The purpose of the FMCSA ELD devices data tracking implementation is to improve significantly commercial truckers’ compliance with hours-of-service rules.
In the period leading up to the ELD device mandate, nearly 67% of the fleets surveyed were compliant, and 22% of fleets became compliant by the ELD compliance deadline.
As the ELDs track the truck driver’s hours of work, location, distance traveled, and perhaps even driver behavior, this enforcement is projected to minimize driving fatigue.
This kind of technology can be revolutionary in the commercial fleet industry and is predicted to be a game-changer for transportation businesses and drivers.
Many stakeholders in the commercial trucking industry are concerned about the effects of the e-log and the future challenge to fulfill the demands of shippers.
Therefore, this article addresses how the ELD affects the trucking industry in terms of service and benefits.
Effect of ELD Devices on Truck Drivers
Truckers drove, on average, up to 60 hours every week before the ELD implementation.
However, these drivers can constitutionally drive up to 55 hours per week since the introduction of the ELD devices. This reduces the number of driving hours.
And, therefore, restricts short-term capacity until all operators, drivers, and shippers transitioned to the ELD.
ELDs implement tight time constraints faster. This way, the delay of a truck for longer than two hours at a shipper/receiver will cause the driver to lose income for the day.
As ELDs force truckers to take a 10-hour break; Shipping companies now have huge pressure to reach loading times.
Also, a switch to ELDs has prompted numerous truckers to quit the industry. Similarly, after the introduction of the ELD mandate, many shipping companies reported losing truckers.
In fact, 51% of carriers reported losing drivers that didn’t want to work with ELDs devices.
Impact of ELD Devices on Trucking Companies
When the ELD was first introduced, Medium to large commercial trucking companies with a fleet size of over 250 vehicles started with positive outcomes using ELDs.
However, the effects of the ELD devices are held out and challenged by some small fleet owners/operators.
Their objections originate mainly from lack of flexibility, costs, and privacy concerns.
Small trucking companies and owner-operators would have to pay for the ELD purchase price and recurring ELD service subscription charges.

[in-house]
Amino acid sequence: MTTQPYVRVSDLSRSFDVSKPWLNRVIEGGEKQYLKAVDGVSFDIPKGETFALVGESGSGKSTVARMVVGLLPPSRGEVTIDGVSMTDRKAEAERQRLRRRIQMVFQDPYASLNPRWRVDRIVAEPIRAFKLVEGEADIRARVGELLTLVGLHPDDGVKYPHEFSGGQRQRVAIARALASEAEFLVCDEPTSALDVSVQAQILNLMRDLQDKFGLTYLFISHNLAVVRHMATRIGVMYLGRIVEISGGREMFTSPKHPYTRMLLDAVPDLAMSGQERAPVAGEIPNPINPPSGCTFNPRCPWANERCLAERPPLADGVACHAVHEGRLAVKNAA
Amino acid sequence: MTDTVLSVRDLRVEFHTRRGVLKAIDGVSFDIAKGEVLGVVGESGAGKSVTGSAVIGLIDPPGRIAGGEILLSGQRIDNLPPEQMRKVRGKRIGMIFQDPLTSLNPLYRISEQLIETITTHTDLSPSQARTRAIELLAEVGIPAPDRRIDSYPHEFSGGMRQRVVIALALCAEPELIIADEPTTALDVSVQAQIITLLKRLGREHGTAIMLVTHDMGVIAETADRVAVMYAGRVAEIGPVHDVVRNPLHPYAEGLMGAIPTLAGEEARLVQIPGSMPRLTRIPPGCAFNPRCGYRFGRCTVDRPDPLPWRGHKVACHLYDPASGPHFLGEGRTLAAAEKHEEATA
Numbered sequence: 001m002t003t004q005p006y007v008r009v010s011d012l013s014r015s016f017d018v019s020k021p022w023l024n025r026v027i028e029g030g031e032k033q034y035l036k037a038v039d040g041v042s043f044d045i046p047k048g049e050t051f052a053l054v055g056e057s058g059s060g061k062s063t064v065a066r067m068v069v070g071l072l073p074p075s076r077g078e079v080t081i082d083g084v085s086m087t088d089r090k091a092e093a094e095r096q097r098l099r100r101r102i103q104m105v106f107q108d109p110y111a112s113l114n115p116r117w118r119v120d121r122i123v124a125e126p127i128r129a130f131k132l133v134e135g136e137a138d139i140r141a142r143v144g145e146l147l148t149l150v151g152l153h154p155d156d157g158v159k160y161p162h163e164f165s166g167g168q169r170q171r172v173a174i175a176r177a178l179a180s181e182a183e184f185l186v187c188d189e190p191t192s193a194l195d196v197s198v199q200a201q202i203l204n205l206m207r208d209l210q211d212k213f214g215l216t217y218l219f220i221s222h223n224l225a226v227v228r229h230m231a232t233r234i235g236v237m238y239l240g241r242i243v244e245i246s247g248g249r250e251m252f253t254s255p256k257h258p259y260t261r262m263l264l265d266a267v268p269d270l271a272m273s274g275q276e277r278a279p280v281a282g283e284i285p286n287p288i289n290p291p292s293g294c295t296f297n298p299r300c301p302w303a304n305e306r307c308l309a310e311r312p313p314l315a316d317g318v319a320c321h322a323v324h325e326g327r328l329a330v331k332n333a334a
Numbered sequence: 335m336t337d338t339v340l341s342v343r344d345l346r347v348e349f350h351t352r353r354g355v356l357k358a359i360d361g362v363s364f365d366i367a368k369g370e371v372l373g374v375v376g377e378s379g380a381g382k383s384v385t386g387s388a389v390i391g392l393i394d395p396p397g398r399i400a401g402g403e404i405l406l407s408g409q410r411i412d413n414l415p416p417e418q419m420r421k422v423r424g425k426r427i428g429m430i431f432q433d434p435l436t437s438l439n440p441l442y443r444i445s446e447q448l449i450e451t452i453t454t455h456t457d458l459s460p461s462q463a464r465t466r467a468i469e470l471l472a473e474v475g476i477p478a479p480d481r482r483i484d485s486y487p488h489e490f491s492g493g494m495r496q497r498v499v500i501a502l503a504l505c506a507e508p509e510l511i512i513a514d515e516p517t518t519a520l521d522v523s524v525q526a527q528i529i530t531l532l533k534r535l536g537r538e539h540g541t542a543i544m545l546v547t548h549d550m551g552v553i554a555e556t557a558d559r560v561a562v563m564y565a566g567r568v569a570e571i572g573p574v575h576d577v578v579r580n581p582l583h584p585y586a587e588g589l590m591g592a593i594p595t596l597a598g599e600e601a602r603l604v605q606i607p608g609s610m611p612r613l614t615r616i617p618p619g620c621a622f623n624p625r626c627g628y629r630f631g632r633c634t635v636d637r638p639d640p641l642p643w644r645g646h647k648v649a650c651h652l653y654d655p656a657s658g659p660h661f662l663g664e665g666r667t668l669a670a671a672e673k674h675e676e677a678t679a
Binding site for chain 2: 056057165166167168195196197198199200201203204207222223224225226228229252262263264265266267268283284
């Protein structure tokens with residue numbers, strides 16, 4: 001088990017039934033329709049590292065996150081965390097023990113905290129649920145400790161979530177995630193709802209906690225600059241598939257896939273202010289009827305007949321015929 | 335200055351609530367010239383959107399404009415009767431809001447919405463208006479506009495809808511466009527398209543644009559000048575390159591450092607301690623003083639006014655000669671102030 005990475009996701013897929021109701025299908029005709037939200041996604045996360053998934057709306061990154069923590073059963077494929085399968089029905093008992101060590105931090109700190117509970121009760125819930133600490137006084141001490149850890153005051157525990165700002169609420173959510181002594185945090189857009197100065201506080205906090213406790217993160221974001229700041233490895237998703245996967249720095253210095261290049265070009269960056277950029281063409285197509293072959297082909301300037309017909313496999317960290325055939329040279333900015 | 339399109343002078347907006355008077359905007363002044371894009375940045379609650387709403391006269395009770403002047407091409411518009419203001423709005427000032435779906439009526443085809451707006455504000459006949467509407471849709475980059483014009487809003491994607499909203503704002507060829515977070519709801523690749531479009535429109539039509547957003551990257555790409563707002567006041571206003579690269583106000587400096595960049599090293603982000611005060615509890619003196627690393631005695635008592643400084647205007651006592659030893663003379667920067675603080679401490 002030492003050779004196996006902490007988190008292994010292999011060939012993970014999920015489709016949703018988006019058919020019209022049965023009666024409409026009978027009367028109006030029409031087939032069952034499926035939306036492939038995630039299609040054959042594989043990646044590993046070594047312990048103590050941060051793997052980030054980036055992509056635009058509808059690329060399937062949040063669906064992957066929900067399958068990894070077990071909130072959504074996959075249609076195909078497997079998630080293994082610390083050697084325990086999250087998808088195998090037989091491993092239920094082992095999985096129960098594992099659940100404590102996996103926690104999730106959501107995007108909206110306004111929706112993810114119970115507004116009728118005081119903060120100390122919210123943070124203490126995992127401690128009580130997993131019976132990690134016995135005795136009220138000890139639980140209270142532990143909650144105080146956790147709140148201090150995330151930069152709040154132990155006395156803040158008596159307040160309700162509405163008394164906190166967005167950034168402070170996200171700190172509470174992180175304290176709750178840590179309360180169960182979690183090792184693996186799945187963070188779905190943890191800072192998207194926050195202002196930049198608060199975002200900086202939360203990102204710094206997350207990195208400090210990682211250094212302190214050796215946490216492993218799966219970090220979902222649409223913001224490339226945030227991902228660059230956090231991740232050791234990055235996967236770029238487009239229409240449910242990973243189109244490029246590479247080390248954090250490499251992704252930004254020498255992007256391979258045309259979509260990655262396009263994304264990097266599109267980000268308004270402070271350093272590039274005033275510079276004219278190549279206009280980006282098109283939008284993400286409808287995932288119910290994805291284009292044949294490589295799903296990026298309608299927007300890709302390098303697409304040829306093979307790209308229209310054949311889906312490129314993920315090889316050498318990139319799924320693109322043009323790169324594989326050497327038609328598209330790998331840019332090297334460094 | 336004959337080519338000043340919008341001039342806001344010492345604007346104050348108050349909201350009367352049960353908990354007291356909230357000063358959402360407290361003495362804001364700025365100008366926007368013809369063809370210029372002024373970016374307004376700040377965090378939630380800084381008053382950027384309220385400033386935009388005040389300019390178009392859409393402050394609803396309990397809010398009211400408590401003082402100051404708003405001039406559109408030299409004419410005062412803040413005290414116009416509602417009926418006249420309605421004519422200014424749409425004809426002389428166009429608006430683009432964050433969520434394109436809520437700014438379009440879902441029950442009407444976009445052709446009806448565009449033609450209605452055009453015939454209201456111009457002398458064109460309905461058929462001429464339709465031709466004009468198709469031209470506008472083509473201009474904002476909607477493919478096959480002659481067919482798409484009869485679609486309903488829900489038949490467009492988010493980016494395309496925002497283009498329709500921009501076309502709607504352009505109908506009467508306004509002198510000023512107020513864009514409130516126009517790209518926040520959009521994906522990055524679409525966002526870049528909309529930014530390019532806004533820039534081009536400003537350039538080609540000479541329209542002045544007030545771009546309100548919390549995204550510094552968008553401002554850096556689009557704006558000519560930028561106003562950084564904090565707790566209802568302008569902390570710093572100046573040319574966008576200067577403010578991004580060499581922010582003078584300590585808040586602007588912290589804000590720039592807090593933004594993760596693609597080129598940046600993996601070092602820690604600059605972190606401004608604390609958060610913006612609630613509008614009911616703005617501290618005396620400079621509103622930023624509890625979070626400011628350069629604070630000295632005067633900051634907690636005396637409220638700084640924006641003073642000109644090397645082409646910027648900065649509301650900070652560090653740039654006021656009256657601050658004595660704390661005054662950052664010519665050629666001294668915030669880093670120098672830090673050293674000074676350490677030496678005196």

A standard ELD device’s total expense is calculated at $40 per month per truck.
If the amount of safety features grows, prices will rise, in addition to other features such as front and rear-facing cameras, lane deviation, yaw, and pitch tracking, among many others.
Although $480 in annual spending does not seem absurd, however, the industry’s margins are still tight.
Many drivers between the age range of 45-49 years abandoned their work when the ELD mandate was implemented.
And this led to the attrition of more than 25 percent of commercial truck drivers.
Finding professional drivers become problematic for shippers and carriers; the shortage of tractor-trailer drivers is expected to have been around 239,000 by 2022.
Effect of ELD Devices on Trucking Industry Capacity
Independently owned and operated trucking businesses working under the regulatory radar completely abide by the HoS.
And This is anticipated to contribute to a reduction in the productivity of drivers.
The ELD mandate created a capacity shortfall equal to around 200,000 to 300,000 trucks based on forecasts.
Although this prediction could be high, however, ELD devices' effect on the trucking industry is expected to increase yearly.
With a fleet size of 5-10 trucks, 71 percent of independent truckers are the average.
Thus, the gross loss for shipping companies is expected to be about 260,000 to 300,000 vehicles in the future.
It would also result in a significant truck shortage, about 5-8 percent of market losses, and this also translates into higher freight rates.
Health insurance premiums
Increased compliance with ELD device regulation is projected to lead to smoother road construction and reduced accidents, therefore lowering insurance premiums.
Congestion of the Parking Area
The ELD mandate removes the flexibility faced by drivers using paper logs. Therefore, drivers might change their habits to find secure parking with decreased flexibility.
A report showed that lack of production due to parking issues would cost a commercial trucking company between 1 to 2 loads a month. Which, in turn, can also cost between $1,000 and $5,000 monthly.
Impact of ELD Devices on Road Freight Rates
The use of ELD devices also affects freight rates, just like it does to trucking capacity.
Carriers companies are reportedly facing a lack of drivers to transport freight. They will also be forced to increase rates to pay for unused overheads.
The yearly rates of spot van line-haul are 2.2 percent higher without fuel surcharges.
Line-haul rates for flatbed trucks are 2.9 percent higher.
There are competitive spot rates, which are negotiated separately between independent carriers and independent truck drivers and brokers.
Contract rate movements, which are long-term arrangements between carriers as well as shippers, have further slowed down.
Due to the shortage of drivers and trucks in the market, the average freight rates have been risen by around 5-10 percent since 2017-2020.
Presently, shippers have continued to experience a shortage of trucks and, therefore, will tend to endure this shortage mostly during peak periods.
ELD devices Impact on Productivity
DAT reports indicate that after the ELD regulation was implemented, nearly 67.3 percent of truck drivers participating in the survey say they are traveling fewer miles.
Simultaneously, almost 71 percent reported making less money when they had to stop after 11 hours.